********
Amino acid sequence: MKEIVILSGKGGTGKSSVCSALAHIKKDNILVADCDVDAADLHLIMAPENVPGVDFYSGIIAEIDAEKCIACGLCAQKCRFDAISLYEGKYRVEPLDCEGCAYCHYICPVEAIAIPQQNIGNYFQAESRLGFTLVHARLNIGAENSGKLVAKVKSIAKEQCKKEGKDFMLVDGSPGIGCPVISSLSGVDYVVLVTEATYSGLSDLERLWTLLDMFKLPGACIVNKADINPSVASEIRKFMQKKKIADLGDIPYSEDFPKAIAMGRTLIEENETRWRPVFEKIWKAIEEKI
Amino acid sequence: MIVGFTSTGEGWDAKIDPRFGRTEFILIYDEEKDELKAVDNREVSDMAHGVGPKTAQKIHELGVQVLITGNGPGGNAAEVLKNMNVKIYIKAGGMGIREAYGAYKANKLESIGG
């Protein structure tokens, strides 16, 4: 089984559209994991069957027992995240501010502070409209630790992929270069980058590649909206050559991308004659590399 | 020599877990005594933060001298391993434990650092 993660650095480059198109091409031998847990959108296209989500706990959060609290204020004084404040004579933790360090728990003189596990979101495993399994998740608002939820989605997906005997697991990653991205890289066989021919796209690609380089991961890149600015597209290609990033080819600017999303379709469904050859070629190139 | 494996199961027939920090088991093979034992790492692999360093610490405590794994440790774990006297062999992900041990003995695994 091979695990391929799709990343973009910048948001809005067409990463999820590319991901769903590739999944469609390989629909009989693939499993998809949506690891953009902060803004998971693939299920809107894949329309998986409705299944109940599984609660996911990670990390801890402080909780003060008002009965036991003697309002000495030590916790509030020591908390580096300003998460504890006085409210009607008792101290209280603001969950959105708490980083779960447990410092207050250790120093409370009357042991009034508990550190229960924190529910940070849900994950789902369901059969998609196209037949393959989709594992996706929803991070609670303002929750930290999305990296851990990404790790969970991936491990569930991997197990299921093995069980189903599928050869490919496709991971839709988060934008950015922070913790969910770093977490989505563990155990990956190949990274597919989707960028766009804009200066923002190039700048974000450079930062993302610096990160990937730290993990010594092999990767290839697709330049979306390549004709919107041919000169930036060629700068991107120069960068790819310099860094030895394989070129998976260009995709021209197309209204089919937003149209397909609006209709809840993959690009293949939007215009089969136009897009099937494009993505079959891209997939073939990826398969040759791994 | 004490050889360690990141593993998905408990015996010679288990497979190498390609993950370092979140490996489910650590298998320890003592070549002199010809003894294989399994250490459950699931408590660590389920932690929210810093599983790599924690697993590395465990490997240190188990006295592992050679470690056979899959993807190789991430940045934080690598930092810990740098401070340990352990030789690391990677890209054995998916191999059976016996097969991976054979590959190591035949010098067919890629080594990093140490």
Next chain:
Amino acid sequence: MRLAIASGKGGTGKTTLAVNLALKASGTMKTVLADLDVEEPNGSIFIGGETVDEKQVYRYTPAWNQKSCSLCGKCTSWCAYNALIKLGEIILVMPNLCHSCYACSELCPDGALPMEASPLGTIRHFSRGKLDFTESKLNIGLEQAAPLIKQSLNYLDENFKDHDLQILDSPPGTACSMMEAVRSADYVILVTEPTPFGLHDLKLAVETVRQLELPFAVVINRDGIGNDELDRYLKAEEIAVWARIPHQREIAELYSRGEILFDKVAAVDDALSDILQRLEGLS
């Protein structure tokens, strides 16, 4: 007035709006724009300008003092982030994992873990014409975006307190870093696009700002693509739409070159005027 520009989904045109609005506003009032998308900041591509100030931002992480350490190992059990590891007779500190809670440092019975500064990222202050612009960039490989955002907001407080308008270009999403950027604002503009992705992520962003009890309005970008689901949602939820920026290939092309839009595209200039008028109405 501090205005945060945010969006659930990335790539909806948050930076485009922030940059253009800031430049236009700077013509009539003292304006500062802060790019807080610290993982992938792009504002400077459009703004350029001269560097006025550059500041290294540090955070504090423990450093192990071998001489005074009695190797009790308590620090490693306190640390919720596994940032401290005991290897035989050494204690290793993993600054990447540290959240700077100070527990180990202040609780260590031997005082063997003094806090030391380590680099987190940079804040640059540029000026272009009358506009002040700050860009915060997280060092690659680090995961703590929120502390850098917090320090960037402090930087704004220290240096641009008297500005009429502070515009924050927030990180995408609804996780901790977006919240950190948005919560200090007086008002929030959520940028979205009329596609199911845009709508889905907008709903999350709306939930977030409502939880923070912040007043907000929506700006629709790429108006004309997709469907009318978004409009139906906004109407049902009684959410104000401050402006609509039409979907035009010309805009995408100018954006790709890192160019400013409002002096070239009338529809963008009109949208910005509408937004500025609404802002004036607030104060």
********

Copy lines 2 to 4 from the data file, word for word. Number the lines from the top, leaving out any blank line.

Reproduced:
Amino acid sequence: MIVGFTSTGEGWDAKIDPRFGRTEFILIYDEEKDELKAVDNREVSDMAHGVGPKTAQKIHELGVQVLITGNGPGGNAAEVLKNMNVKIYIKAGGMGIREAYGAYKANKLESIGG
């Protein structure tokens, strides 16, 4: 089984559209994991069957027992995240501010502070409209630790992929270069980058590649909206050559991308004659590399 | 020599877990005594933060001298391993434990650092 993660650095480059198109091409031998847990959108296209989500706990959060609290204020004084404040004579933790360090728990003189596990979101495993399994998740608002939820989605997906005997697991990653991205890289066989021919796209690609380089991961890149600015597209290609990033080819600017999303379709469904050859070629190139 | 494996199961027939920090088991093979034992790492692999360093610490405590794994440790774990006297062999992900041990003995695994 091979695990391929799709990343973009910048948001809005067409990463999820590319991901769903590739999944469609390989629909009989693939499993998809949506690891953009902060803004998971693939299920809107894949329309998986409705299944109940599984609660996911990670990390801890402080909780003060008002009965036991003697309002000495030590916790509030020591908390580096300003998460504890006085409210009607008792101290209280603001969950959105708490980083779960447990410092207050250790120093409370009357042991009034508990550190229960924190529910940070849900994950789902369901059969998609196209037949393959989709594992996706929803991070609670303002929750930290999305990296851990990404790790969970991936491990569930991997197990299921093995069980189903599928050869490919496709991971839709988060934008950015922070913790969910770093977490989505563990155990990956190949990274597919989707960028766009804009200066923002190039700048974000450079930062993302610096990160990937730290993990010594092999990767290839697709330049979306390549004709919107041919000169930036060629700068991107120069960068790819310099860094030895394989070129998976260009995709021209197309209204089919937003149209397909609006209709809840993959690009293949939007215009089969136009897009099937494009993505079959891209997939073939990826398969040759791994 | 004490050889360690990141593993998905408990015996010679288990497979190498390609993950370092979140490996489910650590298998320890003592070549002199010809003894294989399994250490459950699931408590660590389920932690929210810093599983790599924690697993590395465990490997240190188990006295592992050679470690056979899959993807190789991430940045934080690598930092810990740098401070340990352990030789690391990677890209054995998916191999059976016996097969991976054979590959190591035949010098067919890629080594990093140490």
Next chain: